LUMBERTON — Two hundred and thirty-six days after Hurricane Matthew hit and its floodwaters swamped their offices, employees of The Robesonian will return Thursday to work at its refurbished building on Roberts Avenue.
About 18 inches of water inundated the 36,500-square-foot building when Matthew hit on Oct. 8, destroying essentially everything, including flooring, walls, electronics and furniture, all of which has been replaced. Total damage at the newspaper, which included some vehicles, was just short of $2 million.
The newspaper’s News, Advertising, Circulation, Graphics and Pagination departments have been operating out of a temporary office on Fourth Street in downtown Lumberton, The Bladen Journal and Laurinburg Exchange for the past several months, while administration has been housed in a trailer in the parking lot of the old office. The production crew has been working out of the back of the building, where flooding caused extensive damage but stopped short of destroying the press.
Peter Fleming, director of Operations for Civitas Media, which owns the newspaper, directed the renovations and hit the June 1 move-in date.
“I am delighted to know that in less than 24 hours, our employees will be reunited and back under one roof,” said Denise Ward, The Robesonian’s publisher. “Special thanks to Peter Fleming for overseeing this project. Our general contractor and local vendors have been wonderful. On behalf of myself and employees of The Robesonian, we would like to thank you, our readers, and the community for your patience and understanding while being displaced for a long, seven and a half months.”
The Robesonian’s doors will open to the public at 8 a.m. Thursday.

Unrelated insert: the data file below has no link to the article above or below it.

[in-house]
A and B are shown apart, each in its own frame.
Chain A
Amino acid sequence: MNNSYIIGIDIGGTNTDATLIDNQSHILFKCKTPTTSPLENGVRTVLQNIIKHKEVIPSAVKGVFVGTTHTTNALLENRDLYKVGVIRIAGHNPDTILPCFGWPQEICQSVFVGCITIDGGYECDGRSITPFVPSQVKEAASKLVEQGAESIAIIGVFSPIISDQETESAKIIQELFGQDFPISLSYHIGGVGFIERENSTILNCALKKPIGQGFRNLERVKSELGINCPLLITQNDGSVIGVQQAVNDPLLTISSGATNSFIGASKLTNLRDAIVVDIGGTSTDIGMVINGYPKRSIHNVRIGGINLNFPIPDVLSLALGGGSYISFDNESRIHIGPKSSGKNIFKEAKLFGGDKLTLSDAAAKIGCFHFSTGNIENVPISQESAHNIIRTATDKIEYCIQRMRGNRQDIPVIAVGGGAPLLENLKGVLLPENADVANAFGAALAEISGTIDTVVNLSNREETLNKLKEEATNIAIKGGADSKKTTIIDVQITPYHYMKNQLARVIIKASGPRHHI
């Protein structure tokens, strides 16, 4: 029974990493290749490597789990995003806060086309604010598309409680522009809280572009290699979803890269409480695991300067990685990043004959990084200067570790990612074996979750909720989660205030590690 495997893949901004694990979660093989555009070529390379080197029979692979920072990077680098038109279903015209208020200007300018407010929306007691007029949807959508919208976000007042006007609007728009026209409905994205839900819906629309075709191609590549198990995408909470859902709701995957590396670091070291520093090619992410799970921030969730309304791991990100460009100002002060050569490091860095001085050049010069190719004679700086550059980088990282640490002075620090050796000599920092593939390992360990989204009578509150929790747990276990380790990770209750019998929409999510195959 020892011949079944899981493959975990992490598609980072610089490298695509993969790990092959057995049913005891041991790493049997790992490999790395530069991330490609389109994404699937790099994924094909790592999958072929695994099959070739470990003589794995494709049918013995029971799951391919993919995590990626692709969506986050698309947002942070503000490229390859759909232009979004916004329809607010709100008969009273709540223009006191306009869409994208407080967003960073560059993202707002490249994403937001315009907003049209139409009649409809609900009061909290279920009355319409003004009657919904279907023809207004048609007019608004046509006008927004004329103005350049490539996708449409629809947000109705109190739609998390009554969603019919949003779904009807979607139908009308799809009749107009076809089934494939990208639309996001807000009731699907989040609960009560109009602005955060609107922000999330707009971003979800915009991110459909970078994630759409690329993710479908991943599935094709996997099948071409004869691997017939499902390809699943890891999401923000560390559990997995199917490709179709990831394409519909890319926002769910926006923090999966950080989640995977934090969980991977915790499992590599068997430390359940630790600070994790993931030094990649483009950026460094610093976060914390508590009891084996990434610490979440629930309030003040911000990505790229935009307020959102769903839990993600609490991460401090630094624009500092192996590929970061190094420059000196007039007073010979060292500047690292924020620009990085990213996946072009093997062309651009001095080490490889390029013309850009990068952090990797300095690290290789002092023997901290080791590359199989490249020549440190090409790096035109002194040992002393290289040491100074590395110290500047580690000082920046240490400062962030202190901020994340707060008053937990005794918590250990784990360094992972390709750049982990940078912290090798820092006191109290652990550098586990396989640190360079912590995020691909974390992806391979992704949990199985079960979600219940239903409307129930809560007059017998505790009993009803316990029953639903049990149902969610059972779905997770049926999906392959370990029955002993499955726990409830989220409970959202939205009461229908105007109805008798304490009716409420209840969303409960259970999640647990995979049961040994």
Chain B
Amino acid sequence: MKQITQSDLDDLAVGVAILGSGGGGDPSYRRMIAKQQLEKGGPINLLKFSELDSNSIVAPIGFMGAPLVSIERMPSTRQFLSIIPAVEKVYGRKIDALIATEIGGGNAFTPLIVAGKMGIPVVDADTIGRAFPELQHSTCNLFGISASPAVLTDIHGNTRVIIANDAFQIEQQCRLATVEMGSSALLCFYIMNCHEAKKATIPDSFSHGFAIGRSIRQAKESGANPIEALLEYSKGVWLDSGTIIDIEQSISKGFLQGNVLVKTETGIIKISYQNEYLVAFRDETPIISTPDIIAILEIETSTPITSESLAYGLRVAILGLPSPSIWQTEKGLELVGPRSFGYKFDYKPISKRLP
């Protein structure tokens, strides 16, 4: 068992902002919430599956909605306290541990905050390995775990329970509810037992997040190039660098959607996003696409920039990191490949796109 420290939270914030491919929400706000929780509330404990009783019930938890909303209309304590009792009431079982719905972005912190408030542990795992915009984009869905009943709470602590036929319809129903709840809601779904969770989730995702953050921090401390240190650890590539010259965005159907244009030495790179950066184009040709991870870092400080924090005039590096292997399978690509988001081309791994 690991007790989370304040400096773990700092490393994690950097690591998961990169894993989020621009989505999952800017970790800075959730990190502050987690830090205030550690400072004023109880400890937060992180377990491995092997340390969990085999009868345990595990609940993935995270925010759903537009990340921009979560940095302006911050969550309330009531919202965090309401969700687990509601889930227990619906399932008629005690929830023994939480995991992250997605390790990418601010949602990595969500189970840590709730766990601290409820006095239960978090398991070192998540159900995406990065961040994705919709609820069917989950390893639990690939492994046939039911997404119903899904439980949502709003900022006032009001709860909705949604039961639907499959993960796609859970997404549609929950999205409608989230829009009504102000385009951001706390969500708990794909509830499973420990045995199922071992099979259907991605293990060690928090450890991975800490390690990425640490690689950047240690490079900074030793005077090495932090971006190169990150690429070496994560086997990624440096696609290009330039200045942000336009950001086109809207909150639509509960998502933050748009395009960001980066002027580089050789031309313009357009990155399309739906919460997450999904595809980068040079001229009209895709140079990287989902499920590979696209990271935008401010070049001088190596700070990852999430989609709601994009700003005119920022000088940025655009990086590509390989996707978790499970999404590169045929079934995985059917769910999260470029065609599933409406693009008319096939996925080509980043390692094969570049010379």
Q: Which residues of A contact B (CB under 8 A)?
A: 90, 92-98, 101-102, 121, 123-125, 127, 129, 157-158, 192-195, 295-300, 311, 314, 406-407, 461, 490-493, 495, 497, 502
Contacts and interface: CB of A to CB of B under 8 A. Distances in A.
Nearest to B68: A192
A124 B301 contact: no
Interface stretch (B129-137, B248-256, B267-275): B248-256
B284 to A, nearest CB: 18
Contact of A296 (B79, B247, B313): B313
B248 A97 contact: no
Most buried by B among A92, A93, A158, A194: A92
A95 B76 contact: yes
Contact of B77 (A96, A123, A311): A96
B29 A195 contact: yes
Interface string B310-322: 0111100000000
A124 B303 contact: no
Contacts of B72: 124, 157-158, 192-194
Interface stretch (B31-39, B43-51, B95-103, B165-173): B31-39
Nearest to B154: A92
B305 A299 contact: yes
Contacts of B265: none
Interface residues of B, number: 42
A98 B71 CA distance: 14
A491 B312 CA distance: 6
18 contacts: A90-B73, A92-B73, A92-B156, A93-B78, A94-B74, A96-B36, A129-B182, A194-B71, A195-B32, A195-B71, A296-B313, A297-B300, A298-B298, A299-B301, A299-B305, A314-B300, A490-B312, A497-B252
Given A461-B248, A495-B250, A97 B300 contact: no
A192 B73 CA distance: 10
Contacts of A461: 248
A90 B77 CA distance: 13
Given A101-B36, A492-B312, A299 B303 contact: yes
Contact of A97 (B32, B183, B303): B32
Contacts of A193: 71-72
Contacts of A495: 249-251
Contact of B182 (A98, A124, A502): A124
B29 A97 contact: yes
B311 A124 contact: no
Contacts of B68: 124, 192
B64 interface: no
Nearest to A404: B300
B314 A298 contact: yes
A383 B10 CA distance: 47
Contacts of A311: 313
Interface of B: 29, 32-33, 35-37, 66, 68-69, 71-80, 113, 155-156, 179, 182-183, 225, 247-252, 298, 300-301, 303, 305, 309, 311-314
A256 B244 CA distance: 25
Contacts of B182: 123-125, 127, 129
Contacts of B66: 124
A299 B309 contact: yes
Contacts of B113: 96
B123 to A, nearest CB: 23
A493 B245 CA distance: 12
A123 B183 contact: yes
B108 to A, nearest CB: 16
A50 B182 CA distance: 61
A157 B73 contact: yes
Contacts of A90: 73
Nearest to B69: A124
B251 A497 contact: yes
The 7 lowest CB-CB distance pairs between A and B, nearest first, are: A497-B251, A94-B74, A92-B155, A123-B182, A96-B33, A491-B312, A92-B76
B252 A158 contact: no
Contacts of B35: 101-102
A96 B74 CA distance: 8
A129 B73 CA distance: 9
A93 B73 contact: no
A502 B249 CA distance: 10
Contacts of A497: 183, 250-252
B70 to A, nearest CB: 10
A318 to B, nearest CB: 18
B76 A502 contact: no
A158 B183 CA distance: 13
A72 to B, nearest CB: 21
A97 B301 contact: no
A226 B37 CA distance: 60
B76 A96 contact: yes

Matthew and its never-been-seen-before flooding locally that followed hit Robeson County harder than any other county in the state, and Lumberton was hit harder than any other municipality in the county. Water from a canal that runs behind the newspaper office began entering the building about 1 p.m. on Oct. 8. The newspaper delivered news online and using social media for one week. The first print edition to be published after the storm hit the streets on Oct. 16. The newspaper’s press was back in action Oct. 26 because repairs were made first in that part of the building.
Fleming was challenged by the extent of the damage, and a desire to return some normalcy to the workday for the newspaper’s staff. The renovation assignment was personal to him.
“I look back on this project as the most rewarding I have ever performed in my career,” he said. “I knew the people well before the flood took place and understood the impact it had on them, and I know how much The Robesonian means to this community. Now that we are nearly finished I take a great deal of pride in seeing the new Robesonian facility.”
Nye Construction, based in Orrum, was the project’s general contractor. Townsend Electric, of Lumberton, handled electrical work, and Rook Technologies, of Lumberton, handled the networking duties, Brooks Carpet & Pro Flooring, did the flooring, and & Stone & Stone Painting, did the painting. Miller Electrical Heating and Air Conditioning, of Dillon, S.C., handled the heating, ventilation and air conditioning work. The furniture was purchased from Corporate Interiors, of Fayetteville.
Editor Donnie Douglas can be reached at 910-416-5649.